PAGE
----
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Page 177 Other Efforts The classroom observational research of Stallings et al. (1986) and Soar (1973) described and linked critical features of the Follow Through approach to student outcomes. The work of these researchers played a large role in the various syntheses of research on effective teaching written in the late 1970s and the 1980s, such as those by Brophy and Good (1984) and Rosenshine and Stevens (1986). Classroom observation by Stallings and Soar uncovered the strong correlation between children's academic engaged time and growth in achievement and certain patterns of teacher-student interaction. In addition, it indicated the importance of explicit instruction for enhancing the achievement of disadvantaged students, a conclusion reinforced by subsequent observational research (e.g., Brophy and Evertson, 1978; Good and Grouws, 1975). Given previous efforts to assess instructional practice, the committee sought to examine current research on reading instruction. The next section describes the criteria used in selecting such studies. Selection Criteria Building on the previous work on instruction, the committee examined instructional practices that were supported by convergent evidence. We sought evidence about individual differences in response to treatment. Furthermore, we were interested in studies that assessed both short- and long-term reading outcomes, although long-term outcomes were available for only a few programs. Evaluations of instructional programs in kindergarten classrooms are not numerous, yet inferences about what such programs must cover are tightly constrained by the preschool predictors of literacy success on one side and the first-grade requirements on the other. Moreover, the major instructional tension associated with kindergarten literacy objectives is less about what children should learn than how they can be helped to learn it in an appropriate manner. Similarly, we know from intense research efforts what first-grade children ought to accomplish in reading, yet intense debate contin-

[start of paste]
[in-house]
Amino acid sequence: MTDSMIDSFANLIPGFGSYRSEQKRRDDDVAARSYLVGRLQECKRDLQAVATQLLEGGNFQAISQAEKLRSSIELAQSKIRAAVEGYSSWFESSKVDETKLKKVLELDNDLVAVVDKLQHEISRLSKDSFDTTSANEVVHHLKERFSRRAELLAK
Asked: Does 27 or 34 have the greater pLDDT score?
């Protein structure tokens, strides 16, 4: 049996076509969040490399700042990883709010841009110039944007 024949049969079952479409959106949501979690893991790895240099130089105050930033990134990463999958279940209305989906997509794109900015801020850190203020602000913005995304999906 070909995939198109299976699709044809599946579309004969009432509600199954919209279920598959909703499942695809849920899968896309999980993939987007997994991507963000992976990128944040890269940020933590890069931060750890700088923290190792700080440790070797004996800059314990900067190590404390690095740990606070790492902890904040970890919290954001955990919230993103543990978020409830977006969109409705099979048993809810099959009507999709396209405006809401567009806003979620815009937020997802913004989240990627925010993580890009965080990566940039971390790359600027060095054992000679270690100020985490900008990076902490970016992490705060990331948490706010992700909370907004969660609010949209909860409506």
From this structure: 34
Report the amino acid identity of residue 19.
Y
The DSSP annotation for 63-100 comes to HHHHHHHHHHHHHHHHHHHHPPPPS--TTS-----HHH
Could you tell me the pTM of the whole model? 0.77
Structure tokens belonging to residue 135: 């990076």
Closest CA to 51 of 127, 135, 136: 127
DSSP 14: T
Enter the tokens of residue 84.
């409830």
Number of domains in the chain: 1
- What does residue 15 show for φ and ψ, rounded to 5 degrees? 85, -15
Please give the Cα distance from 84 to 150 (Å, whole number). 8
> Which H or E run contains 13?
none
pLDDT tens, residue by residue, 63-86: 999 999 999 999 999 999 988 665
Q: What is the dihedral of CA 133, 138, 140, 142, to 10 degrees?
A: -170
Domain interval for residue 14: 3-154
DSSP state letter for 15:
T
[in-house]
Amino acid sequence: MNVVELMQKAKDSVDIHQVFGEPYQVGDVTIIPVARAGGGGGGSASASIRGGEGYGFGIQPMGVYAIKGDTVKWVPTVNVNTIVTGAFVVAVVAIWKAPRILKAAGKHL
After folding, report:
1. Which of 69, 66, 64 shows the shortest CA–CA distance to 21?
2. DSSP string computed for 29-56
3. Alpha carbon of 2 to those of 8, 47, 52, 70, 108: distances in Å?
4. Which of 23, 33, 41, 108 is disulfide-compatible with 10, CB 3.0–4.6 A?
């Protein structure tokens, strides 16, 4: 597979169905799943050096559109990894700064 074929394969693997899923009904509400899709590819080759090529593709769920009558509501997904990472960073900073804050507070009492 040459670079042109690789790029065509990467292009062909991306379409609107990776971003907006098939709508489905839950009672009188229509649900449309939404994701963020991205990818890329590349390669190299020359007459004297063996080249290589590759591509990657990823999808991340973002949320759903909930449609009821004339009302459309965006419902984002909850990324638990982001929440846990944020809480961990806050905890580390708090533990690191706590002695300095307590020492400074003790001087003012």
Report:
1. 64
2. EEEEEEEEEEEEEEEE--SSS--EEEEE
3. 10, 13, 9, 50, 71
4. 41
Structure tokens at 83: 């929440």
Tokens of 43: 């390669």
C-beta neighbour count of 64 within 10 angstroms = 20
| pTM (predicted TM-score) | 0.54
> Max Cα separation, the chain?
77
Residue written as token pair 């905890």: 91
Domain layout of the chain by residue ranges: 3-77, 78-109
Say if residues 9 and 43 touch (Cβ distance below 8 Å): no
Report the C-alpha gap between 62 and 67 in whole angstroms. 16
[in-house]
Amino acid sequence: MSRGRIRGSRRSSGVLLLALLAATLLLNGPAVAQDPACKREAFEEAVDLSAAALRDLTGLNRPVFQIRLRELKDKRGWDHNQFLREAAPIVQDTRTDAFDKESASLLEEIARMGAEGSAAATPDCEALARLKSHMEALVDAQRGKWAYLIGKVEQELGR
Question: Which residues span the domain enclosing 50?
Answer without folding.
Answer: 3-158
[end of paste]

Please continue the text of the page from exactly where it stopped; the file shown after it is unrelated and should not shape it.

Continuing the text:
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Page 178 ues on what and how they should be taught. Questions of how to organize and support learning in a way that results in the best possible outcomes for the largest number of children are an urgent educational priority. In view of this and because the research base permits, the section on first grade is principally directed to evaluations and comparisons of instructional programs. Beyond first grade, the relevant issues and goals multiply as the relevant research base recedes. In the dual interest of reviewing what is known and pointing toward key unknowns, our discussion of second- and third-grade issues is taken up goal by goal. Converging evidence from experimental investigations, correlational studies, nonequivalent control-group studies, and various other quasi-experimental designs and multivariate correlational designs presented in this and other chapters led the committee to focus on particular practices and programs. Many of the classroom investigations presented in this chapter have high external validitythat is, their results are generalizable to the children and settings that we are studyingand are less robust in internal validity (i.e., experimental control of variables) because of the logistical difficulties involved in carrying out such investigations. Hence, there is a need to look for a convergence of resultsnot just consistency from one method. When convergence is obtained, confidence increases that our conclusions have both internal and external validity. Among the most important ways to prevent reading difficulties is classroom instruction in literacy activities, which begins in kindergarten. KINDERGARTEN The Kindergarten Challenge A kindergarten classroom typically consists of an adult and 20 to 25 studentsa very different scenario from a home or preschool. The management demands of the typical kindergarten classroom necessitate a level of conformity and control of comportment that challenges many entering children, regardless of how accommodating the classroom may be to children's individual natures and needs.